It is one thing to object to a war; it is quite another to throw in with people who are consistently hateful towards traditional America. Cindy Sheehan now calls President Bush a murderer, and the USA an "imperialistic" country. But the woman has paid a price for her political leanings. Her husband filed for divorce last week, and some reports cited his wife's radicalism as one of the reasons.
Not just anti-patriotic, you're hateful, too. I'll pull random musings off of any website to back myself up. (Ms. Sheehan has been quoted as saying her husband supports her. Her marital problems go back much further than two weeks.) I'm hateful. This bitch got what she deserves. See what happens when you don't fall in line? Maybe if Cindy was a bit more patriotic and didn't question the president, her mother wouldn't have had a stroke. Some reports cite Cindy's radicalism as a reason for her mom's stroke.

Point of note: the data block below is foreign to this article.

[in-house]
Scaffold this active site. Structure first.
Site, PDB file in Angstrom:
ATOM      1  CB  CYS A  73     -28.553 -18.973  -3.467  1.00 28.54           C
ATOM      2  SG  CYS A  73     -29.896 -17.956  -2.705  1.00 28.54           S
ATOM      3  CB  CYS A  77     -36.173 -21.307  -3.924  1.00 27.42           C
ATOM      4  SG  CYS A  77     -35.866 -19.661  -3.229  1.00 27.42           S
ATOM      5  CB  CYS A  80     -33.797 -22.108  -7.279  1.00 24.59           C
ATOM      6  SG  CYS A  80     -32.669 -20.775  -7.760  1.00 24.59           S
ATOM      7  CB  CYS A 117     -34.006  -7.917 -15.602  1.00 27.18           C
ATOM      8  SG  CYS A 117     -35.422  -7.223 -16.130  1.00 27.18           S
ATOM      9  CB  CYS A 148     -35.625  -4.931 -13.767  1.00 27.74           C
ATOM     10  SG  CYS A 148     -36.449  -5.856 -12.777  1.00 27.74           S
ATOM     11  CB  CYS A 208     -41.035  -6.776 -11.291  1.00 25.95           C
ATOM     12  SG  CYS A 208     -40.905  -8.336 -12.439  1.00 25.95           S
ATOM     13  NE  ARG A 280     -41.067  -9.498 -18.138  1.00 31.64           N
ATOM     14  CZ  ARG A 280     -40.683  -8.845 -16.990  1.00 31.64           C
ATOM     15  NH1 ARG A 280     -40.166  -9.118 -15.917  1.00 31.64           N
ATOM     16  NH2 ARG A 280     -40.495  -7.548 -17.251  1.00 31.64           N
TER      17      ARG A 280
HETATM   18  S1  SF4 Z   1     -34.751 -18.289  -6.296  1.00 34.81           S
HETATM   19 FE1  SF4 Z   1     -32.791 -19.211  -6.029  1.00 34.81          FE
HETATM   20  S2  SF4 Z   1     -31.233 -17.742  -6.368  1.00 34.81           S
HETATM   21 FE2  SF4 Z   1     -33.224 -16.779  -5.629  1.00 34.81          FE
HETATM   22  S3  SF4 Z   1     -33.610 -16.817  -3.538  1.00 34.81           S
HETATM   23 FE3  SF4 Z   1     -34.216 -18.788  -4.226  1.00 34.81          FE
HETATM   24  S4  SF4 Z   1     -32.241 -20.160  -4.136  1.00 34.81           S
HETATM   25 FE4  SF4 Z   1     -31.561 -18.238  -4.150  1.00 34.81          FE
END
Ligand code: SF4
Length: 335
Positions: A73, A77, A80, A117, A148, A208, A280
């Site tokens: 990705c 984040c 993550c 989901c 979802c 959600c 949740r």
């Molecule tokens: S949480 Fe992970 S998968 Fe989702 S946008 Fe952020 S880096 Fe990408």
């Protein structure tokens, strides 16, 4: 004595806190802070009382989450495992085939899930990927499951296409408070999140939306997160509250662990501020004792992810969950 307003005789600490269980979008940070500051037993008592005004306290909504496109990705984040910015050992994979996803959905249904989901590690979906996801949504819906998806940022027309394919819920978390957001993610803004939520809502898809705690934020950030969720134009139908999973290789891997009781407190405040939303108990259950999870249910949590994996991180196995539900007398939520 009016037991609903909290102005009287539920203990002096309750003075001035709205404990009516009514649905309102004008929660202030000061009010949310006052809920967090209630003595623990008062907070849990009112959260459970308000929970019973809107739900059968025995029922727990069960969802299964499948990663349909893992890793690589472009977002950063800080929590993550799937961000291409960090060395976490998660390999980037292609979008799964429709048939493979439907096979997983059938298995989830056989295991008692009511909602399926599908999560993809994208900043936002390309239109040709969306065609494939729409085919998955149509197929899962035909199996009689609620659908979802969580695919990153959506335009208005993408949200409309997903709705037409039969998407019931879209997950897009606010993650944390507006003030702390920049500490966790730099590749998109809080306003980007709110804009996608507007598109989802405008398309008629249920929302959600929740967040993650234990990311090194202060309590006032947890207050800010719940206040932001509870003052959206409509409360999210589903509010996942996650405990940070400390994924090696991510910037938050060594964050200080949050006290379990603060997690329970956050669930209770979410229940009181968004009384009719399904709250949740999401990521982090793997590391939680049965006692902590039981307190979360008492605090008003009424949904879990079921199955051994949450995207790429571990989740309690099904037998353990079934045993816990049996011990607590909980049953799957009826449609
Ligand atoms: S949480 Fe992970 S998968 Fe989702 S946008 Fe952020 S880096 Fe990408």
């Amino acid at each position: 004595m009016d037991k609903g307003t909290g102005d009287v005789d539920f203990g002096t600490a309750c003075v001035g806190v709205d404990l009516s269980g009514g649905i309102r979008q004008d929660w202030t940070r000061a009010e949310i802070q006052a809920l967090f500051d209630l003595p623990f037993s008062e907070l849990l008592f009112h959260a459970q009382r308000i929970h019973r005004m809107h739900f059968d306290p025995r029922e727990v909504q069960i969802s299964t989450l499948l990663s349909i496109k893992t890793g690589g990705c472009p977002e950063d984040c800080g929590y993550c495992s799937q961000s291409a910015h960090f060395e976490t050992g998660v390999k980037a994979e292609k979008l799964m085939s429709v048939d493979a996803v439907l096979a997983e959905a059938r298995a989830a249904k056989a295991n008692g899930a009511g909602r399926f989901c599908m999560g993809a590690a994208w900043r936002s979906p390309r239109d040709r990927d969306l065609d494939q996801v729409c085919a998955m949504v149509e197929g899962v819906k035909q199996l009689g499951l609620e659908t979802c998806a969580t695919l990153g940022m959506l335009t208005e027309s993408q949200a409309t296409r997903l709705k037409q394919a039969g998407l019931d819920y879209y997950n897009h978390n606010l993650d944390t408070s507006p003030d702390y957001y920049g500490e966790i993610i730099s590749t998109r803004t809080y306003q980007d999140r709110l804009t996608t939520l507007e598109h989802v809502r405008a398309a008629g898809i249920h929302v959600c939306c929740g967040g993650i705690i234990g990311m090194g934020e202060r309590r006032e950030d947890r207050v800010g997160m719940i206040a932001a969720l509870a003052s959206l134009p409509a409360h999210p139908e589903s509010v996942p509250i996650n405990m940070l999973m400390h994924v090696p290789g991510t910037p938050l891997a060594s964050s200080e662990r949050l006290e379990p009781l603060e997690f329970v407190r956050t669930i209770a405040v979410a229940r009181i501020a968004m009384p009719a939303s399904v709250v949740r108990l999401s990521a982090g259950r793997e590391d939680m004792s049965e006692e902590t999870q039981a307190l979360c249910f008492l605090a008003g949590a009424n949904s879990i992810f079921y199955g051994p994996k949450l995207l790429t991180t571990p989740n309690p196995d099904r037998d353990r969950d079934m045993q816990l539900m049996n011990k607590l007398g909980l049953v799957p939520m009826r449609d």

I don't believe Cindy and her radical left pals will succeed in dividing the country this time around. It is true that most Americans now believe the Bush administration is fumbling the war, and that may well be true. Certainly, the continued violence in Iraq is troubling, and it is an open question as to whether the Iraqi people themselves will fight hard enough to win freedom, and that is the crux of this matter.
Anti-patriotic, hateful, AND you want to split the country.